The Wall Street Journal reports on Purdue Pharma’s continuing confirmation hearing covering the company’s proposed reorganization plan centered around a $4.5 billion settlement with its founders, the Sackler family.  Currently, the Sackler family is named in civil litigation which alleges that the family knowingly fueled opioid addiction through the marketing of OxyContin, an opioid painkiller. A restructuring specialist who had joined the Purdue board before its chapter 11 filing testified on the first day of the confirmation hearing that the Sackler family required releases so as “to be able to put all of the litigation behind them.” The settlement, and related third-party releases of the Sackler family, are being challenged by state and federal authorities as well as some members of Congress. If the plan is approved, the Sacklers would make an immediate payment of $300 million as well as yearly installments until 2030. [WSJ; Aug. 12, 2021]

The Associated Press reports on an ongoing hearing in the Boy Scouts of America bankruptcy regarding a proposed settlement that would be the centerpiece of a proposed reorganization.   The settlement would consist of an $850 million distribution to sex abuse victims, $250 million of which would be paid by Boy Scouts of America itself with remaining $600 million to be contributed by local councils.  On the first day of the hearing, to Judge Silverstein’s surprise, the Boy Scouts noted that their national board had never adopted a resolution approving the settlement.  However, the debtor claims the agreement is nonetheless a valid exercise of its business judgment and should be accepted as the cornerstone of its final bankruptcy plan. [AP; Aug. 12, 2021]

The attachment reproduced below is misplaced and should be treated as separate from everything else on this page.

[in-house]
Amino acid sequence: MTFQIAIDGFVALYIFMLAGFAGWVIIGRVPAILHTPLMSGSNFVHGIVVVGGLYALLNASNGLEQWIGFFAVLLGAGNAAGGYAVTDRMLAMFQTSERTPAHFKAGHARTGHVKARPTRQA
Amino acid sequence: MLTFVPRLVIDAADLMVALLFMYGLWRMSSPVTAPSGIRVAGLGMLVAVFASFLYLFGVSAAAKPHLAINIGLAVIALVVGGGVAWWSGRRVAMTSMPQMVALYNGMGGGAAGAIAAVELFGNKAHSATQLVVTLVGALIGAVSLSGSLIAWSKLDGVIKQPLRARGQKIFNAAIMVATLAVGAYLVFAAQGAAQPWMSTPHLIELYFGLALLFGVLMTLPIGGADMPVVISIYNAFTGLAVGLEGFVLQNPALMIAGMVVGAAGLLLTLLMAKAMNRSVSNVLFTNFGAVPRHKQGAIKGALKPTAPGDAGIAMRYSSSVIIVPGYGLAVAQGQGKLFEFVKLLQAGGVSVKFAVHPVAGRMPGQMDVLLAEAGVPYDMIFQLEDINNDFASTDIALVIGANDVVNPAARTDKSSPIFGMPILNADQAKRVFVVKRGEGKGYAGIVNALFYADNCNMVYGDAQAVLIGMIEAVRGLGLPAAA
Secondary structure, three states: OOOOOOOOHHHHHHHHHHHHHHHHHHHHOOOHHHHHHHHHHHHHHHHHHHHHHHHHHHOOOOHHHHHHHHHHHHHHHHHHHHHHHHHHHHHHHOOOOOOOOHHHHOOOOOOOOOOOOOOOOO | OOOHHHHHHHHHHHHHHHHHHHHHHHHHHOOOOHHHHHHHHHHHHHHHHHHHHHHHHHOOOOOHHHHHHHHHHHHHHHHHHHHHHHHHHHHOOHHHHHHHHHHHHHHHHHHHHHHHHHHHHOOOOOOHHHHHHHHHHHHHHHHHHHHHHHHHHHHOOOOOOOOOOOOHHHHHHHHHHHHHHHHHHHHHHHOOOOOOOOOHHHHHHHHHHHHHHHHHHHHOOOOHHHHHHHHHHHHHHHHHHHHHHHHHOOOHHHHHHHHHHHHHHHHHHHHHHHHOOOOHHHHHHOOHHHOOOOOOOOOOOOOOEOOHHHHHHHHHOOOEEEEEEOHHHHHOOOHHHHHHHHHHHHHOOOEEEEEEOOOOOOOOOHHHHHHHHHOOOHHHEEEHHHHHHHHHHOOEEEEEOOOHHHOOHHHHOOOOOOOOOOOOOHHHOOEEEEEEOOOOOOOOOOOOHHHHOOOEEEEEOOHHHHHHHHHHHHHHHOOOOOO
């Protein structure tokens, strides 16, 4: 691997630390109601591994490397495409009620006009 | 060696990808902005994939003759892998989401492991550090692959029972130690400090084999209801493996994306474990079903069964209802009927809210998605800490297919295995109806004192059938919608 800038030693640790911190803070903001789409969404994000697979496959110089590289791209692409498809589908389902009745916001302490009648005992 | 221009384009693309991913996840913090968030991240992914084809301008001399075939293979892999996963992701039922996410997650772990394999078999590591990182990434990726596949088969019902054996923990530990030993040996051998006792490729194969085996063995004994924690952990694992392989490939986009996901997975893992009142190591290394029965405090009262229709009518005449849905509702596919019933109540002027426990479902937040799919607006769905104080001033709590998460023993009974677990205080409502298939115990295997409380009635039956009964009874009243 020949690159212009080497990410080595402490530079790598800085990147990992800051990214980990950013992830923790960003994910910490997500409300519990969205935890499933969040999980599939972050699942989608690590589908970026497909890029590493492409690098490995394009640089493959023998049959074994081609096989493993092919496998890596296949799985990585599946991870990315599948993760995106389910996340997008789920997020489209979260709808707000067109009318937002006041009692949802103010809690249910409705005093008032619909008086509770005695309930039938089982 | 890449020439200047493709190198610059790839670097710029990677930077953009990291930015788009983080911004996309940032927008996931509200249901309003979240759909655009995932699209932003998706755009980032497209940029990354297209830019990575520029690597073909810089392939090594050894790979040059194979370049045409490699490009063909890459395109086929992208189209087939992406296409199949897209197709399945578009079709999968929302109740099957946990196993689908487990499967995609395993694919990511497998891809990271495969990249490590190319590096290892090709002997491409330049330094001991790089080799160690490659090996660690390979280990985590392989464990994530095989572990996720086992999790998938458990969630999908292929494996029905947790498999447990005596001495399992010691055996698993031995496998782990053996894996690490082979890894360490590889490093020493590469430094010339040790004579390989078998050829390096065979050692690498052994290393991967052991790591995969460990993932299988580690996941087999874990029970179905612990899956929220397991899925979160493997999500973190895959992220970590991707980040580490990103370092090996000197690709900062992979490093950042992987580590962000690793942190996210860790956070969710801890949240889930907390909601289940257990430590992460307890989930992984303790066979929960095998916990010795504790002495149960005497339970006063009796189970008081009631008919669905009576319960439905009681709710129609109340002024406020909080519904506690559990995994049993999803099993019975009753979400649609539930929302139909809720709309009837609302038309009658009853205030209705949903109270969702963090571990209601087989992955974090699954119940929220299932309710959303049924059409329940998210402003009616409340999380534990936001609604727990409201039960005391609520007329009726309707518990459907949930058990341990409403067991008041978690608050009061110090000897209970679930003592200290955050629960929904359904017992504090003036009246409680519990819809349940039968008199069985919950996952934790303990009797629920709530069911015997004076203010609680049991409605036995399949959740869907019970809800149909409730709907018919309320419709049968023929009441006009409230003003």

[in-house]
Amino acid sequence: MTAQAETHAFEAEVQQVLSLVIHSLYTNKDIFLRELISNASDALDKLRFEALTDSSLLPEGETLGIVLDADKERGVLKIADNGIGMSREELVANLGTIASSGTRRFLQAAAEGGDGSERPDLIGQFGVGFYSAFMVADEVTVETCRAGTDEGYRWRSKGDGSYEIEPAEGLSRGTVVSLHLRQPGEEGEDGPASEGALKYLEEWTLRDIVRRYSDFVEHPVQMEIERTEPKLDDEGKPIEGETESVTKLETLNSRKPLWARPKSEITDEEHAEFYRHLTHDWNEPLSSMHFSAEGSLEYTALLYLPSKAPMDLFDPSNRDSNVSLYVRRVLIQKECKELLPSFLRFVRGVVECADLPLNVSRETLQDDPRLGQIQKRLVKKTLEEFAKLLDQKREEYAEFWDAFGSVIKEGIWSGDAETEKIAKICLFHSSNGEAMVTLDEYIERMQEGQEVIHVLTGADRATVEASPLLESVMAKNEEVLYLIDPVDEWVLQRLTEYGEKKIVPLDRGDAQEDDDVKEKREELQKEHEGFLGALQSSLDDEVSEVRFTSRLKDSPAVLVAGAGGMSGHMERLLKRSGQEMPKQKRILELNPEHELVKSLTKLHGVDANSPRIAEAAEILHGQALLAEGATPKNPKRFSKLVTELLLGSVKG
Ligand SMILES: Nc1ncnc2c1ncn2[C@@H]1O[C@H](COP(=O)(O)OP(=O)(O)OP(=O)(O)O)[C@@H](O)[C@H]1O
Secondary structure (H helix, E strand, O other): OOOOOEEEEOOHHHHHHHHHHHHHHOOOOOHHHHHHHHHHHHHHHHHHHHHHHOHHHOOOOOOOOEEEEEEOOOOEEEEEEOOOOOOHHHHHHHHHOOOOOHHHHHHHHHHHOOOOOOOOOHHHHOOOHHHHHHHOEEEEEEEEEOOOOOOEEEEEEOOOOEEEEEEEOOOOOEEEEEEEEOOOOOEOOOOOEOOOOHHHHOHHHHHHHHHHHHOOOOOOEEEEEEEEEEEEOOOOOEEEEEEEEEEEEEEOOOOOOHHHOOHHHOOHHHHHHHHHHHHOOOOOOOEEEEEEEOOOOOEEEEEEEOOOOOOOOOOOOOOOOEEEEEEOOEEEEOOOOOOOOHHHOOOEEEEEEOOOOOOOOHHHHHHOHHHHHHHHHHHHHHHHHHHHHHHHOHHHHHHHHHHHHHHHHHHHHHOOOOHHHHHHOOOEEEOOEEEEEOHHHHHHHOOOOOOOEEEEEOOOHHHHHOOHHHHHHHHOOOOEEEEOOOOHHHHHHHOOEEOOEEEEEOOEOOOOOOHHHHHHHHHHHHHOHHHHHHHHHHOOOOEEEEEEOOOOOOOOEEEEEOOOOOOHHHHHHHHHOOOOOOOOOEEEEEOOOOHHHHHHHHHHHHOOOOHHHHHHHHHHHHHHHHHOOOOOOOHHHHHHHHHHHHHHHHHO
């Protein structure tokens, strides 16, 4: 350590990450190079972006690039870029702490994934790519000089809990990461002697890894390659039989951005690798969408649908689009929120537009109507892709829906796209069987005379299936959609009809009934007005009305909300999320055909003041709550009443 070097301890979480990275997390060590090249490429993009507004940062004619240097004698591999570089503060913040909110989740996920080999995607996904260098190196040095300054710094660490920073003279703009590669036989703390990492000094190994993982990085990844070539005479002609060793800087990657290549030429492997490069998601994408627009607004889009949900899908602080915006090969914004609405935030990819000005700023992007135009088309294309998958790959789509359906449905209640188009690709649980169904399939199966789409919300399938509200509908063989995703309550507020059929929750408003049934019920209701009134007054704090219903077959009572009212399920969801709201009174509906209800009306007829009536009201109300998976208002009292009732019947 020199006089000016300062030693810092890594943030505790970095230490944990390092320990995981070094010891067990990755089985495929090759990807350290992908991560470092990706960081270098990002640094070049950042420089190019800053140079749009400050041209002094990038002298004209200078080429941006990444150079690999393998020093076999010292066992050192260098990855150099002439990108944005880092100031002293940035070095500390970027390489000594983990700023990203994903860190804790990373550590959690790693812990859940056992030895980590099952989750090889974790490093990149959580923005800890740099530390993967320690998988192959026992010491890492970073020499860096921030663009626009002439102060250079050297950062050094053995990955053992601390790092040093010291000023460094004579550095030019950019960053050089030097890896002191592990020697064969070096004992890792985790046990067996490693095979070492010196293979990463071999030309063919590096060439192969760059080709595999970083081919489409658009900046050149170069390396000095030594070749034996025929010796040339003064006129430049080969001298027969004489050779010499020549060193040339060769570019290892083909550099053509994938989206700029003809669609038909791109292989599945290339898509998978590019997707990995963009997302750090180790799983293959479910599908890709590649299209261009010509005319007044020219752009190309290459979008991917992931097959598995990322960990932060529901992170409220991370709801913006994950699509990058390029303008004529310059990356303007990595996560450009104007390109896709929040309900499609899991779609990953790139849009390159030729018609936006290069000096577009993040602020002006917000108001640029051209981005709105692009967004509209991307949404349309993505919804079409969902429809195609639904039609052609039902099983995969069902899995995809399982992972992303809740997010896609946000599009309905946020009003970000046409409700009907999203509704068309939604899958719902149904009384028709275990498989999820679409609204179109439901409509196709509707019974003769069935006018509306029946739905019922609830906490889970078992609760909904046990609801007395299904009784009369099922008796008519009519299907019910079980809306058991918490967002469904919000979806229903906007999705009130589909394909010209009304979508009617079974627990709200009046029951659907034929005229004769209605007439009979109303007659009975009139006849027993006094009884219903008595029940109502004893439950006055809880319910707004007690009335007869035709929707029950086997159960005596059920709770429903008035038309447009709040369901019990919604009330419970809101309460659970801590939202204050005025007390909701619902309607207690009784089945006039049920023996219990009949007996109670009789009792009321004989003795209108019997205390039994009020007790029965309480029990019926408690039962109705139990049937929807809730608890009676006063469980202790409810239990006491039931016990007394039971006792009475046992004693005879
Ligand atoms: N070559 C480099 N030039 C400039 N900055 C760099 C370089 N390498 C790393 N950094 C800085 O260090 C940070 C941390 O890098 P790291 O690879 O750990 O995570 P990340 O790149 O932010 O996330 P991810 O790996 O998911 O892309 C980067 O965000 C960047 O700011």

Forbes reports on a recent trend of major financial institutions (in this case Bank of America) losing their status as their millennial consumers “primary” account banks to digital banks.  Top platforms, in this regard, include PayPal, Current, Dave, and Square Cash. Forbes chalks up the continuing shift to the more personalized nature of digital banks and the changing nature of what consumers consider to be their primary “checking account.” [Forbes; Aug. 16, 2021]